In Manifest Version 2, browser_style defaults to true for options_ui and sidebar_action. Therefore, unless you had set "browser_style": false, confirm that the appearance of options_ui and sidebar_action match your intended design.

See Manifest V3 migration for browser_style for more information.

Scripting API

The Scripting API takes over the features of tabs.insertCSS(), tabs.removeCSS(), and tabs.executeScript() and adds capabilities to register, update, and unregister content scripts at runtime.

Also, the code parameter is removed so that arbitrary strings can no longer be executed. This API requires the scripting permission. So, you need to move any arbitrary strings executed as scripts to files and rewrite your code to use the Scripting API.

Event-driven background scripts

Firefox has extended support for background scripts by enabling non-persistent background pages (aka Event Pages) for Manifest V2 and V3. Using non-persistent background scripts greatly reduces your extension use of browser resources. However, MV3 removes support for persistent background pages.

To migrate your extension to using non-persistent background pages, you need to:

  • Update your manifest.json background key to remove the "persistent" property or set it to false. This feature is also supported in MV2 from Firefox 106.
  • Ensure listeners are at the top-level and use the synchronous pattern.
  • Record state changes in local storage.
  • Change timers to alarms.
  • Switch from using extension.getBackgroundPage to call a function from the background page, to runtime.getBackgroundPage.
  • Place menu creation using menus.create or its alias contextMenus.create in a runtime.onInstalled listener. Also, note that the menus.onClicked event or its alias contextMenus.onClicked must be used to handle menu entry click events from an event page, instead of the onclick parameter of the contextMenus.create or contextMenus.update methods. If the onclick property of menus.create or its alias contextMenus.create are used from a call originating from an event page, they throw synchronously.

Safari also supports event-driven background scripts, however, Chromium has adopted service workers instead.

Firefox supports non-persistent background pages from Firefox 106. In Firefox 105 and earlier, event pages are run as if they are a persistent background page.

More information on the migration process can be found on the background script page on MDN.

Event pages and backward-compatibility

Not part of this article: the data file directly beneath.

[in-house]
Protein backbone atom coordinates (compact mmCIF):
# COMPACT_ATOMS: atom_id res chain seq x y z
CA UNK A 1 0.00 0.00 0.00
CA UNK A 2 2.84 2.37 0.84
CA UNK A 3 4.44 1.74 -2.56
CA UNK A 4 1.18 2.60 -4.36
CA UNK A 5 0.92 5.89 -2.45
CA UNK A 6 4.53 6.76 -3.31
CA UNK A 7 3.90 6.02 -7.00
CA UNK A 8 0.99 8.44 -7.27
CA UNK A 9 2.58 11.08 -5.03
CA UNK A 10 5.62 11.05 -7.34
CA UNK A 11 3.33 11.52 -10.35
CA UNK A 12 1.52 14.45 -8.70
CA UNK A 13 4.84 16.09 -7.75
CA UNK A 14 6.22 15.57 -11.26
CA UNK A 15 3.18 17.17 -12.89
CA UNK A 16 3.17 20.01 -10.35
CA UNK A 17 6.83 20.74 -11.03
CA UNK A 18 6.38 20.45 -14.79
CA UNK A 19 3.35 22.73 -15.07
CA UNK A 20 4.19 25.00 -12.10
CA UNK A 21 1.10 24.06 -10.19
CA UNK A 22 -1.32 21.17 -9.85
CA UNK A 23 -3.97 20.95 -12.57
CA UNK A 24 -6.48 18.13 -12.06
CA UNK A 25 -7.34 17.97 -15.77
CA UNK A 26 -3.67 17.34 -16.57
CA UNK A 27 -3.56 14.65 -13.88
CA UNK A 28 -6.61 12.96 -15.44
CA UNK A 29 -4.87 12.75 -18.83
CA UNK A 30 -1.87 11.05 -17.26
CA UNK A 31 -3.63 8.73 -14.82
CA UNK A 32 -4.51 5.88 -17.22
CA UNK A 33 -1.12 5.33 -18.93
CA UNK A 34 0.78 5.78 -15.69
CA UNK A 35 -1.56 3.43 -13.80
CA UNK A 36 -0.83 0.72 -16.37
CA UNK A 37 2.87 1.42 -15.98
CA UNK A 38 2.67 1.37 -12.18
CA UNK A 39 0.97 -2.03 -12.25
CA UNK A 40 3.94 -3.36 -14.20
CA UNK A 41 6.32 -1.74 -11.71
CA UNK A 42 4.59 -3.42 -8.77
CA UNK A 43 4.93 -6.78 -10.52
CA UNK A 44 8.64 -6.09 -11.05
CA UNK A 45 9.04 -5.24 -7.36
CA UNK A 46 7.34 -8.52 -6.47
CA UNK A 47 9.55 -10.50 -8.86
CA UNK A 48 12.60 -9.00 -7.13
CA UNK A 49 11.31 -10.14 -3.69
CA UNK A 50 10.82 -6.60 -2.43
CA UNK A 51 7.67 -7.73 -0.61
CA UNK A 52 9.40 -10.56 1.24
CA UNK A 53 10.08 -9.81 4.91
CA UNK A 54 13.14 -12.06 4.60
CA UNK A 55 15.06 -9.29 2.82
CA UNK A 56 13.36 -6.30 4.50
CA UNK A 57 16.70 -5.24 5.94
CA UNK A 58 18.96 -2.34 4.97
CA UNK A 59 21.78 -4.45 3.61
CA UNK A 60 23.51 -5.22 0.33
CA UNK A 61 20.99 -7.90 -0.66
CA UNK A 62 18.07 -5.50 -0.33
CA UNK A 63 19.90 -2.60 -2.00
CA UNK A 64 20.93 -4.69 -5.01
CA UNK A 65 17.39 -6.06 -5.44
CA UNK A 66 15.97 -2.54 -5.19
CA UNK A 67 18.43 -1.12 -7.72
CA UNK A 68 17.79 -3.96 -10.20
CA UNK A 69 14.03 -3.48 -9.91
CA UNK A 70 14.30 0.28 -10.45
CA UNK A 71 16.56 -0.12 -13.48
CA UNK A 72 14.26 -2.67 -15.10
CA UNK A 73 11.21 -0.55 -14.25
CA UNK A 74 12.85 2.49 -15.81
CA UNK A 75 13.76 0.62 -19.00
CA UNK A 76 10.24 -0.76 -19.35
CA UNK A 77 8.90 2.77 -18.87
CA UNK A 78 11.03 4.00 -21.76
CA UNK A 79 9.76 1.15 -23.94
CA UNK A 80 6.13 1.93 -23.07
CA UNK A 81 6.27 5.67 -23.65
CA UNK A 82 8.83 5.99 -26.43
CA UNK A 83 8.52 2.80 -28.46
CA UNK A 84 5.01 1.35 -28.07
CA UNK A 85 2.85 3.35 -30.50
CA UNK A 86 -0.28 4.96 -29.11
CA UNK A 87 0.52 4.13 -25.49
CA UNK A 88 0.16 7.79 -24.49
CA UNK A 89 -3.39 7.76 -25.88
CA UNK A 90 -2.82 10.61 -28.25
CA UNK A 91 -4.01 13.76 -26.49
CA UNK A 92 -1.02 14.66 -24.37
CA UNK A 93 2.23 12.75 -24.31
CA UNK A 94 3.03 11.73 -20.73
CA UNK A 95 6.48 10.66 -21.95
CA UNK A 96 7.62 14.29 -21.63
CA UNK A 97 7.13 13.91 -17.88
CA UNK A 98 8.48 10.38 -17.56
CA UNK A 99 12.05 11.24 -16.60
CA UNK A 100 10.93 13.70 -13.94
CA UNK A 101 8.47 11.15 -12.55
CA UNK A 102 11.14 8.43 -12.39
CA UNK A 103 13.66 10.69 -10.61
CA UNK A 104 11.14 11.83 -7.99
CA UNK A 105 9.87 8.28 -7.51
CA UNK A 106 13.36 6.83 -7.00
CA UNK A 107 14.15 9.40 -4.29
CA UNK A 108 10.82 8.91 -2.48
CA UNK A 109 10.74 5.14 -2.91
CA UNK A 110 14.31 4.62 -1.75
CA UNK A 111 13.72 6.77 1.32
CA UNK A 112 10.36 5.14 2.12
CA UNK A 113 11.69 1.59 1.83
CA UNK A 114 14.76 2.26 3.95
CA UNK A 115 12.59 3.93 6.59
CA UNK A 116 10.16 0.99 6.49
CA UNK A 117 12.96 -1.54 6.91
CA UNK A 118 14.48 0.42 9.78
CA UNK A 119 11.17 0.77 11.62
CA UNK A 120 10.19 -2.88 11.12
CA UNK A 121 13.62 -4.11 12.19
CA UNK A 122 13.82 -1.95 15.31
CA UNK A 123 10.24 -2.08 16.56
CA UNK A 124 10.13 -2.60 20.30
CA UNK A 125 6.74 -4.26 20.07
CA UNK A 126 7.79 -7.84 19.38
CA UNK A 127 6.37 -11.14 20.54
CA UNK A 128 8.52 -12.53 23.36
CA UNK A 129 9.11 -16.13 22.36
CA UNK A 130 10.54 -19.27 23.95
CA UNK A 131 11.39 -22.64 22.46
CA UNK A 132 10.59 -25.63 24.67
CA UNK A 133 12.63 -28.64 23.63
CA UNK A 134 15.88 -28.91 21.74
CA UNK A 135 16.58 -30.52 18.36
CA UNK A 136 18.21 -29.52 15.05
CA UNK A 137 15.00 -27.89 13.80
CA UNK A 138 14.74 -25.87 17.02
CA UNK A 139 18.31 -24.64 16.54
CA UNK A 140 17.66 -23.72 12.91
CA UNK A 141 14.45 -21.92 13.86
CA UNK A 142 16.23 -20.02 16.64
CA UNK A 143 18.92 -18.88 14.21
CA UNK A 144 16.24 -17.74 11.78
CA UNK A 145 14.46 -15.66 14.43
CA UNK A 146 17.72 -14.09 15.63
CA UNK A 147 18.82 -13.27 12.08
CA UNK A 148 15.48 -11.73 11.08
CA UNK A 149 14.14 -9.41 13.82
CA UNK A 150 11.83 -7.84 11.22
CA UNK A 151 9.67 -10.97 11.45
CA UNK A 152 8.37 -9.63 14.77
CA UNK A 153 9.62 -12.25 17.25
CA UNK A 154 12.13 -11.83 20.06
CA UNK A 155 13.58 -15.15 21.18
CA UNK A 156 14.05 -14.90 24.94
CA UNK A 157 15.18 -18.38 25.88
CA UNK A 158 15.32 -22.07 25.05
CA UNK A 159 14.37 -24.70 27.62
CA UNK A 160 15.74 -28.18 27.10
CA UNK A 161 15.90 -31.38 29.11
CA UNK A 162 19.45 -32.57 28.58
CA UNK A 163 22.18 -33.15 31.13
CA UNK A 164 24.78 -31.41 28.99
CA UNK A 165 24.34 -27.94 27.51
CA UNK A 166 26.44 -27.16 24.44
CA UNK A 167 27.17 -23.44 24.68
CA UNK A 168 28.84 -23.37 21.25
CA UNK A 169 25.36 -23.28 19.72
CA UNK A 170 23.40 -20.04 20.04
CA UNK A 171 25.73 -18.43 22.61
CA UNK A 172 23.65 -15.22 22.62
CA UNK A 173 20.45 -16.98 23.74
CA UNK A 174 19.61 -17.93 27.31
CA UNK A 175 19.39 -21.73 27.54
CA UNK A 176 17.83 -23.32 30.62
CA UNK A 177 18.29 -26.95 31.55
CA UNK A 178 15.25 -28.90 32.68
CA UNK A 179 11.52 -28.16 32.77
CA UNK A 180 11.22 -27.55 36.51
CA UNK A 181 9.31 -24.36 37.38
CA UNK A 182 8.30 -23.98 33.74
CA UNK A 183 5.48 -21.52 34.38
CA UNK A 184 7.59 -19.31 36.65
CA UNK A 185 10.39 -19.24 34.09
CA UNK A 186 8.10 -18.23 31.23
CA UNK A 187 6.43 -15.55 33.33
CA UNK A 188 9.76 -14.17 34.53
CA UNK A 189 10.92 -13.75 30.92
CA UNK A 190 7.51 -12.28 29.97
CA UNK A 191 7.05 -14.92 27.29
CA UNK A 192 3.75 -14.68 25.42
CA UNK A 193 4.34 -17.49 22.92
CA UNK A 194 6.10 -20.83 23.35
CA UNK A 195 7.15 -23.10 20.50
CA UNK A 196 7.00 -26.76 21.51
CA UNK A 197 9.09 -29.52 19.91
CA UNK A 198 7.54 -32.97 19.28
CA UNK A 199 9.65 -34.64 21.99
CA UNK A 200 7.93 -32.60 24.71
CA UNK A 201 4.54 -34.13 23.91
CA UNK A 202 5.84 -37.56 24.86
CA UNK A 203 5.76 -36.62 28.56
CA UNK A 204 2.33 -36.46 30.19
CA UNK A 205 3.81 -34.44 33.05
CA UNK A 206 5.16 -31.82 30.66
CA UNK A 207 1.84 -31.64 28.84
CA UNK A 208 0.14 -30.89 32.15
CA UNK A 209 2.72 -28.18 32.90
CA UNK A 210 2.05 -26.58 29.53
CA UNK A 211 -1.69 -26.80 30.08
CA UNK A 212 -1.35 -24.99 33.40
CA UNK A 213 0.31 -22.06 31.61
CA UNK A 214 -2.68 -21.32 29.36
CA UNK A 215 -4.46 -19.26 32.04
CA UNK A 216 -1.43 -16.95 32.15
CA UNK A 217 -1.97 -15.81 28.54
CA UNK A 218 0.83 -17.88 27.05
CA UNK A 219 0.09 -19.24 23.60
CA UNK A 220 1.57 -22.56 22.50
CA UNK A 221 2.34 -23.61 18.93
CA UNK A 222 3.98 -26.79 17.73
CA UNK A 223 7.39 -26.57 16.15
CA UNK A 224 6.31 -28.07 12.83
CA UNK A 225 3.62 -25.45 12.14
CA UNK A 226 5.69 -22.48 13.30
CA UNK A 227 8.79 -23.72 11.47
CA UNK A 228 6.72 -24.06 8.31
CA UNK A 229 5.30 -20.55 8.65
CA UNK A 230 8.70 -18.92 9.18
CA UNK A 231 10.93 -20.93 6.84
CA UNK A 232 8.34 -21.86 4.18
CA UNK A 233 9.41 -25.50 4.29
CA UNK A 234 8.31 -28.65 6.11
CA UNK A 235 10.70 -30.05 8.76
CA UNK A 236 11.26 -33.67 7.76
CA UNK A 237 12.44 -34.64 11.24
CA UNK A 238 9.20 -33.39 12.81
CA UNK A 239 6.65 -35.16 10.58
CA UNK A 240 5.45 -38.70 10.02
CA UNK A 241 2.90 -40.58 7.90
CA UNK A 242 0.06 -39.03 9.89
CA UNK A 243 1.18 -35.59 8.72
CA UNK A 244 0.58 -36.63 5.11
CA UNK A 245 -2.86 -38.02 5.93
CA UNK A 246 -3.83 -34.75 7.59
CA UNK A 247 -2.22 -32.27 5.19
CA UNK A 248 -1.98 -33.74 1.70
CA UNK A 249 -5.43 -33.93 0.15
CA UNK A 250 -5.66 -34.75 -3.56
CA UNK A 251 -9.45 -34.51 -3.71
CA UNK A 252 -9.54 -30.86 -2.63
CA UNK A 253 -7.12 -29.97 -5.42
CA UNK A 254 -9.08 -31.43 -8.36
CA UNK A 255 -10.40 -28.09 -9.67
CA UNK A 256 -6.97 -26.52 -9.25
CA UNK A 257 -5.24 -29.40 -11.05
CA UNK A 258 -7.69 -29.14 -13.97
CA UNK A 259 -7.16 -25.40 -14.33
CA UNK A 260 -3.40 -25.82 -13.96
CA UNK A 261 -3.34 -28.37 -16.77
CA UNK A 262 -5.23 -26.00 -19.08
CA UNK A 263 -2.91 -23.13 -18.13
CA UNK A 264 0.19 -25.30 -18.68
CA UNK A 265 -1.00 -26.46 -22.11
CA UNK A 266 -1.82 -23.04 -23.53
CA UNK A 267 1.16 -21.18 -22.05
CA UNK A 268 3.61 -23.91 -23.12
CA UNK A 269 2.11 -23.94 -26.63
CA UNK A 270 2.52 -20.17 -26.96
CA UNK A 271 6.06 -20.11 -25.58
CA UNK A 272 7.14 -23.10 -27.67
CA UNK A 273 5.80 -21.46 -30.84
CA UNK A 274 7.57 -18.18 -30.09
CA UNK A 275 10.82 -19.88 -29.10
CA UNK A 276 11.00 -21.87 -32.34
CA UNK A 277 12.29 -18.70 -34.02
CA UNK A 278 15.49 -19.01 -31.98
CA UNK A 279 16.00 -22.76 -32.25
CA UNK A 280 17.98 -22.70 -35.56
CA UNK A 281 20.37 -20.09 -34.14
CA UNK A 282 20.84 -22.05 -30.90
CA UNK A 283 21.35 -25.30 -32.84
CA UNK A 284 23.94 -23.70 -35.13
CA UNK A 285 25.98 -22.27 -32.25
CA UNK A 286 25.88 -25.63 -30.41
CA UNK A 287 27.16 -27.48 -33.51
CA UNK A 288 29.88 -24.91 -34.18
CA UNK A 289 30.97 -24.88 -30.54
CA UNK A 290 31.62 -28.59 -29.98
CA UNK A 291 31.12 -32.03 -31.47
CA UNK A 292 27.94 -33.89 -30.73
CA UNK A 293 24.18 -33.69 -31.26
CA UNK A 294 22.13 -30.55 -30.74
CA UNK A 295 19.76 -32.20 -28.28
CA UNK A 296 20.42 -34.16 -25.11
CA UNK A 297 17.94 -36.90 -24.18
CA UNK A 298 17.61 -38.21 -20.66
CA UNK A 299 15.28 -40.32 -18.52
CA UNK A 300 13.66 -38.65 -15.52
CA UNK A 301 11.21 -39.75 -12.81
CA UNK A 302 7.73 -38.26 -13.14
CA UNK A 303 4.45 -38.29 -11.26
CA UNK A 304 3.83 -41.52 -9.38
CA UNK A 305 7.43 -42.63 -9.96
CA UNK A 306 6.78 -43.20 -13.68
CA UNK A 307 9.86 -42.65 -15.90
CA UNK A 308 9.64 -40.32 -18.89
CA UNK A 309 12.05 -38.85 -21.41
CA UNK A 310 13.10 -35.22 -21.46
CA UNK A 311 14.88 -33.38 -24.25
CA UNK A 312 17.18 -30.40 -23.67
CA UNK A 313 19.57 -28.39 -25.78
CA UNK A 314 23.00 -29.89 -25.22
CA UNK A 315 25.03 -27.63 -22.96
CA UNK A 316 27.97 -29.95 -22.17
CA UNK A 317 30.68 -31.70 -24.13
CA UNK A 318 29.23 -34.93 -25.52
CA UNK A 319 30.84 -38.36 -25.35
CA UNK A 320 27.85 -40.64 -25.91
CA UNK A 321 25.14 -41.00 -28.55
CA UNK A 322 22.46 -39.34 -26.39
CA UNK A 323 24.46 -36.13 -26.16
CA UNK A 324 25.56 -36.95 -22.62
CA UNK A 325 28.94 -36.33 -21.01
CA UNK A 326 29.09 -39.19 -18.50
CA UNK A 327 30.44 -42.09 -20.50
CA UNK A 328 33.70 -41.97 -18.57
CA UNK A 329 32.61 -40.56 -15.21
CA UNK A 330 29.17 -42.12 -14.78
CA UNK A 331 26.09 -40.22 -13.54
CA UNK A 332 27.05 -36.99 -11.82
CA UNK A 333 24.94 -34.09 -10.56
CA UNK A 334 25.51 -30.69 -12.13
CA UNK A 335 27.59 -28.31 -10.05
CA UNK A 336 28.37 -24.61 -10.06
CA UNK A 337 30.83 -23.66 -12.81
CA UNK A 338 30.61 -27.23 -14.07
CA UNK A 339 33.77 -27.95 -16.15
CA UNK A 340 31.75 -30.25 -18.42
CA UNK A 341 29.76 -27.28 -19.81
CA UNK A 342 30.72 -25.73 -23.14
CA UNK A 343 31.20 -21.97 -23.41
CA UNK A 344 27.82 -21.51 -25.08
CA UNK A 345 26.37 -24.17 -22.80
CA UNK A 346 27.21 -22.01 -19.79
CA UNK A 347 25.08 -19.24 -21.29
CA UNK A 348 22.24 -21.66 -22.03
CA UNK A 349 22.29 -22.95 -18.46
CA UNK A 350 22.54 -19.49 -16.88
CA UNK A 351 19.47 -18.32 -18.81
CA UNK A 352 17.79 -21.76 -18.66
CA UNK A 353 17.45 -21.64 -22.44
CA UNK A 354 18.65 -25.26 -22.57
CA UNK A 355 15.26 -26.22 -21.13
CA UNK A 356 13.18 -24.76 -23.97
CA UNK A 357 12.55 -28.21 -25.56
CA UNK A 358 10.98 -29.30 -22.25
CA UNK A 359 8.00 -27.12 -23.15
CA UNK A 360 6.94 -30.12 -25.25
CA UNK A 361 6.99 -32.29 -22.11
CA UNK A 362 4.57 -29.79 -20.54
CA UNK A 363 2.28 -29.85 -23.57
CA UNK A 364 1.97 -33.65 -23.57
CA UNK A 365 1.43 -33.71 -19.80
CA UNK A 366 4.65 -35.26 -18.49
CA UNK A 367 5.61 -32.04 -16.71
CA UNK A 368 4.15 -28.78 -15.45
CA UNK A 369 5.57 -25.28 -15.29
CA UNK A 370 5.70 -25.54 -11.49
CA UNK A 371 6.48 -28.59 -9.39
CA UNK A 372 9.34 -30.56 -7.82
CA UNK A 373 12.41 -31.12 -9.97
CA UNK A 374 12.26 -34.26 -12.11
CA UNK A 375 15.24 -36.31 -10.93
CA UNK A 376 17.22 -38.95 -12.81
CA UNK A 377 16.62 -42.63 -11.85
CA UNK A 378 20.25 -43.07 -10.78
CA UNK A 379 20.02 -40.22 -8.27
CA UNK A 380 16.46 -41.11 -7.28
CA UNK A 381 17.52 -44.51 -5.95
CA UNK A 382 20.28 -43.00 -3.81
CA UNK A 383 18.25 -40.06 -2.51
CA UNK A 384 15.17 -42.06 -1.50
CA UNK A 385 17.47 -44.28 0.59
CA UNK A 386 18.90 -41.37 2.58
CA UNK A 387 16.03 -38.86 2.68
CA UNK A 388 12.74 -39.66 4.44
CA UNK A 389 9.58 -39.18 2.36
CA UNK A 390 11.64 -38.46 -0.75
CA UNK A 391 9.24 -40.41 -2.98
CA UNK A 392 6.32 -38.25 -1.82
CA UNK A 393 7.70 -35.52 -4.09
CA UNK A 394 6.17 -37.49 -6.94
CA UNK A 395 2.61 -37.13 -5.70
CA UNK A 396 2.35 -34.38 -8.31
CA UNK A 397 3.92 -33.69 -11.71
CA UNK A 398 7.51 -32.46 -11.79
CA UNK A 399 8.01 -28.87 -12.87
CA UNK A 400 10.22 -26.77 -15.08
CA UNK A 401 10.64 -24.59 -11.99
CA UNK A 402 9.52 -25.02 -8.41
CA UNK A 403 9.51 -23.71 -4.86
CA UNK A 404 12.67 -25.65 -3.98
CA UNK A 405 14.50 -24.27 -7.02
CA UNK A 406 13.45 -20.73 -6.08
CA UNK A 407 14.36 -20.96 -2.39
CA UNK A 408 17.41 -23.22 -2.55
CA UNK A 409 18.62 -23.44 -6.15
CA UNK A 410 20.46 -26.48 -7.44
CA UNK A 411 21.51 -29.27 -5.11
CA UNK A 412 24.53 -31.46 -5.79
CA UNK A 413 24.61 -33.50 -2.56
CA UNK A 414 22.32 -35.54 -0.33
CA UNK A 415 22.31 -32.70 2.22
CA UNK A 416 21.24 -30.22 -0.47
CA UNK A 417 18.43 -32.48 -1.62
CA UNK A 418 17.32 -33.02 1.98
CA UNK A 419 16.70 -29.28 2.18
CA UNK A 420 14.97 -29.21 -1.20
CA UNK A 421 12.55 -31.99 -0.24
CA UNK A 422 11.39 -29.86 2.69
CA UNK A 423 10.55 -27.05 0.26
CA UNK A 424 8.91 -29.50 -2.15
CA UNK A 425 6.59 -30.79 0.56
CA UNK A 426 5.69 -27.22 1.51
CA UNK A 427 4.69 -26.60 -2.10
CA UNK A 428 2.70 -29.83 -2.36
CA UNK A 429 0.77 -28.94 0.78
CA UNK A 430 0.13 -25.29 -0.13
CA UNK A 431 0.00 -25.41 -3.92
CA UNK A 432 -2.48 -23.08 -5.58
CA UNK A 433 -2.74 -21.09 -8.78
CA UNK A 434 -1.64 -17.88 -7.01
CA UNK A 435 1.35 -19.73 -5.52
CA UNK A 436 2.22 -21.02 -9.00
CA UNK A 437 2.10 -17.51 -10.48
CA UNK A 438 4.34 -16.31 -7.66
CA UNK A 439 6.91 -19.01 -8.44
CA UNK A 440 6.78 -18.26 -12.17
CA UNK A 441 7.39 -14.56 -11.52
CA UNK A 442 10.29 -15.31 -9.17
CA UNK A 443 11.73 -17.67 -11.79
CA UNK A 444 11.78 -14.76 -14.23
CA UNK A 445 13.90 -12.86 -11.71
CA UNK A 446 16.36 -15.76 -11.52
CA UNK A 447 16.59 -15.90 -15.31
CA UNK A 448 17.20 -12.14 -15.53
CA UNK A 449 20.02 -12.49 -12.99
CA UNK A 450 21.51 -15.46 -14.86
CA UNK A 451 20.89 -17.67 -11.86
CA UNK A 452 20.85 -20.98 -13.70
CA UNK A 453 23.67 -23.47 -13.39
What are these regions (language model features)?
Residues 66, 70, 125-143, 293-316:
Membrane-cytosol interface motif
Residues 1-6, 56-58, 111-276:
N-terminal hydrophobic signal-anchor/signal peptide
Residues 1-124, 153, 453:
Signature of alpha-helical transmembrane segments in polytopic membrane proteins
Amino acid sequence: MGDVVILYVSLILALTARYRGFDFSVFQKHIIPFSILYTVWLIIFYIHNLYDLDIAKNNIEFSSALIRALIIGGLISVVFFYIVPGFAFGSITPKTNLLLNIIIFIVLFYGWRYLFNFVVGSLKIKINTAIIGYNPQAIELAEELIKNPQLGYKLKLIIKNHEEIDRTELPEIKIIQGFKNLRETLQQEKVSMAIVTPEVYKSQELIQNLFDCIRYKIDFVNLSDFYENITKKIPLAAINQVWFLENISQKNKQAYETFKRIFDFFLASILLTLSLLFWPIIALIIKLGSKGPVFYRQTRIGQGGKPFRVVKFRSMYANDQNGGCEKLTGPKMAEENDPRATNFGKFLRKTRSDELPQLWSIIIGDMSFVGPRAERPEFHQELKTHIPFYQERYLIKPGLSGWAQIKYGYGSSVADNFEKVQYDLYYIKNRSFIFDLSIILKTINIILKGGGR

This section is only relevant if your extension supports Firefox 105 and earlier.

An extension designed as a non-persistent background page works even when event pages are not supported (i.e., in Firefox 105 and earlier) with one exception: the registration of context menus. In an event page, context menus persist across restarts, while they do not in persistent background pages.

If the recommendation to register menus in runtime.onInstalled is followed, these menus are removed after a browser restart in Firefox 105 and earlier. To work around this issue, you could unconditionally call browser.contextMenus.create. When the menu exists, the browser.runtime.lastError property is set when the (optional) create callback is called.

    id: "my-menu",
    // etc.
  () => {
    // TODO: Do not forget to read the "browser.runtime.lastError" property to
    // avoid warnings about an uncaught error when the menu item was created
    // before ("ID already exists: my-menu").

If the initialization of the menu is expensive or requires complex logic, an alternative is to check whether event pages are supported and, if so, run the logic less frequently than at every wakeup of the event page (e.g., with runtime.onInstalled or runtime.onStartup).

You can detect the availability of event pages using the characteristic that an error is thrown synchronously when onclick is passed to contextMenus.create in an event page.

The following code shows how to use such a test to register menus.

let eventPagesSupported = true;
try {
  // Firefox throws a synchronous error when onclick is passed in an event page.
  browser.contextMenus.create({ id: "test-menu", onclick: () => {} });
  eventPagesSupported = false;
} catch (err) {
  // Firefox 106+ error: Property "onclick" cannot be used in menus.create, replace with an "onClicked" event listener.
async function registerMyMenus() {